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gli arancini di montalbano

27 july 2014

The most memorable title in Andrea Camilleri's collection Gli arancini di Montalbano belongs to one of its most memorable stories: "Pezzetti di spago assolutamente inutilizzabili" ["Completely useless pieces of string"]. In the story, it's a throwaway line: the central objects of the plot are apparently useless bottlecaps.

Well, when somebody steals a boxful of apparently useless bottlecaps, you can be sure that they're not as useless as they appear. The mystery in "Pezzetti" is quickly cleared up by an application of the cui bono? question: what would anybody want with old bottlecaps? But the story exists not to demonstrate this principle of puzzlement, but for the sake of its own setting.

Some of the stories in Arancini are mystery puzzles and some are noirish atmospherics, but many of them are virtuoso turns in the technique of storytelling. "Pezzetti" builds a frame setting in which a harmless madman keeps everything that other people throw away. (Yes, everything.) There are a couple of epistolary mysteries ("'Salvo amato' … 'Livia mia'" and "Una mosca acchiappata di volo"). There are mysteries solved at second hand, like the first of those epistolaries, and "Una brava fìmmina di casa": stories where Montalbano is told a story and then put in the position of the reader-detective. And in "Montalbano si rifiuta," a story goes down such a rabbit hole that Salvo has to phone Andrea Camilleri himself to resolve it.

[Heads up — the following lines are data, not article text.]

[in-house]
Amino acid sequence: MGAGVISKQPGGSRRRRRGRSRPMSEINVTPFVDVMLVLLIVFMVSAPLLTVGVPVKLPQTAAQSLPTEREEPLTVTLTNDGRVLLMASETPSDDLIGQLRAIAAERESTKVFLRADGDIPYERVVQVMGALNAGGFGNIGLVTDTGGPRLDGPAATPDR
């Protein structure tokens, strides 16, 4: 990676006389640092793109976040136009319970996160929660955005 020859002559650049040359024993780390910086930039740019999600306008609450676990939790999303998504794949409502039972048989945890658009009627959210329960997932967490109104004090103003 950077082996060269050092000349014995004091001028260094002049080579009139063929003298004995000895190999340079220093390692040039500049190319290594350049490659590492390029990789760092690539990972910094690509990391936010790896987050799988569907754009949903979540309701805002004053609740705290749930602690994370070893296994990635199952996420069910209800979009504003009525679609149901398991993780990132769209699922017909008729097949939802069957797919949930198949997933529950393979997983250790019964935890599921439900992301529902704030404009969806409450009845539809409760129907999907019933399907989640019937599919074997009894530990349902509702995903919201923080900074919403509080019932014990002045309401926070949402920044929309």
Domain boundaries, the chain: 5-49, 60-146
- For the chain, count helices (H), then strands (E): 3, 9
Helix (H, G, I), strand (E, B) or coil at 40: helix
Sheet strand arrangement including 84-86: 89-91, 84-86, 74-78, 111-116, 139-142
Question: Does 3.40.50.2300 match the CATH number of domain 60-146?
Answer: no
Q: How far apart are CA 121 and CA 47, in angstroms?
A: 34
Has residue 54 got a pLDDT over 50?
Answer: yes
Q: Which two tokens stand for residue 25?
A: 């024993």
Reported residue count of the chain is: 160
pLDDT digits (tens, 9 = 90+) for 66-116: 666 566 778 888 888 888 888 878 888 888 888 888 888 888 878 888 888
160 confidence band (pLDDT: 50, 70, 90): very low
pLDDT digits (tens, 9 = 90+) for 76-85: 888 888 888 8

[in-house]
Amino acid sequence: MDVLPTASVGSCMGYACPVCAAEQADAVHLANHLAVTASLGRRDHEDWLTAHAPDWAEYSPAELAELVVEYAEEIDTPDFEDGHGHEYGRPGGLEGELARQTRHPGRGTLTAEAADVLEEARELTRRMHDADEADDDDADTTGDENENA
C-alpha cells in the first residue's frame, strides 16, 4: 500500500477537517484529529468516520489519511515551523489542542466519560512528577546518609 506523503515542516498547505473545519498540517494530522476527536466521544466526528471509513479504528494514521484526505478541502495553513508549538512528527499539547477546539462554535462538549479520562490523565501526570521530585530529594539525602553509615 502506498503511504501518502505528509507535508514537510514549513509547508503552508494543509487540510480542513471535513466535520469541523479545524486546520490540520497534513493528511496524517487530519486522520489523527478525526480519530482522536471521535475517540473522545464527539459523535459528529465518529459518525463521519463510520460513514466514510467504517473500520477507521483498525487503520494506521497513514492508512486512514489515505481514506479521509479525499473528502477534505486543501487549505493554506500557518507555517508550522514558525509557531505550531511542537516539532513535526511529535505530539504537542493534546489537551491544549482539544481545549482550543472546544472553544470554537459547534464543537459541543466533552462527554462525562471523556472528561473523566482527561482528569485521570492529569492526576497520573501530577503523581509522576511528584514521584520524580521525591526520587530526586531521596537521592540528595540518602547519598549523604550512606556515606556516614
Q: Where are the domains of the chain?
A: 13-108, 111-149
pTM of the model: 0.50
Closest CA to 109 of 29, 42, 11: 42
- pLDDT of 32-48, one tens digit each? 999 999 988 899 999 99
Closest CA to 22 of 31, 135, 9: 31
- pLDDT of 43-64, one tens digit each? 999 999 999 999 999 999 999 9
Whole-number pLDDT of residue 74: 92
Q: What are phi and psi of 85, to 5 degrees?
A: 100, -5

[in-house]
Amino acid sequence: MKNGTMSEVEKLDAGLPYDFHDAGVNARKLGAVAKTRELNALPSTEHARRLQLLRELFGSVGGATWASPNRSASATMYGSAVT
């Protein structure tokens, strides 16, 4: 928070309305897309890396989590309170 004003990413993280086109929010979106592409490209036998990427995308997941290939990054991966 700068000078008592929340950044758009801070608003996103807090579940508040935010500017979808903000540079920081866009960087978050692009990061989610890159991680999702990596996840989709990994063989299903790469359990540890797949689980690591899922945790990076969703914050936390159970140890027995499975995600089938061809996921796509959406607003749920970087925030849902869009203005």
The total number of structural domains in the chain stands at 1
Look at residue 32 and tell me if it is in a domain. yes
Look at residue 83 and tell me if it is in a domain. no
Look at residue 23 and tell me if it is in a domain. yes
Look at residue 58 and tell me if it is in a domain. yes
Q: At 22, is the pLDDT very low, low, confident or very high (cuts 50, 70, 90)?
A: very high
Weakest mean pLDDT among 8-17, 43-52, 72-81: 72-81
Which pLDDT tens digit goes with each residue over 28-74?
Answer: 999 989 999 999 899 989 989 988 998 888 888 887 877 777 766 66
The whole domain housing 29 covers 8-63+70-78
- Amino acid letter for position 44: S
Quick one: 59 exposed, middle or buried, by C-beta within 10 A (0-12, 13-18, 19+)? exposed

As in Un mese con Montalbano, these are masterful stories with a higher literary finish than many of Camilleri's novels. But without the novels, they wouldn't exist. Many of the recurring non-police characters come from early Montalbano novels like Il cane di terracotta and La voce del violino. And of course there's the cast of the commissario, Mimí and Fazio and Catarella and the various supervisors and operatives. Livia plays a more minor role (except in the epistolary story where she relays a crime for Salvo to solve at second hand). Camilleri's inventiveness was apparently inexhaustible – and I only say "was" because in 2014 he seems to have gone into semi-retirement. Unlike many a perfectly readable detective-series author who mines the same reliable vein again and again, he takes a series hero and makes him the vehicle for an entire literary project. In this respect he transcends many of his European models, and comes closer to the achievement of Raymond Chandler or Ross MacDonald. And the title story even has a recipe for the Sicilian New Years treats it invokes!

Camilleri, Andrea. Gli arancini di Montalbano. 1999. Milano: Mondadori, 2001.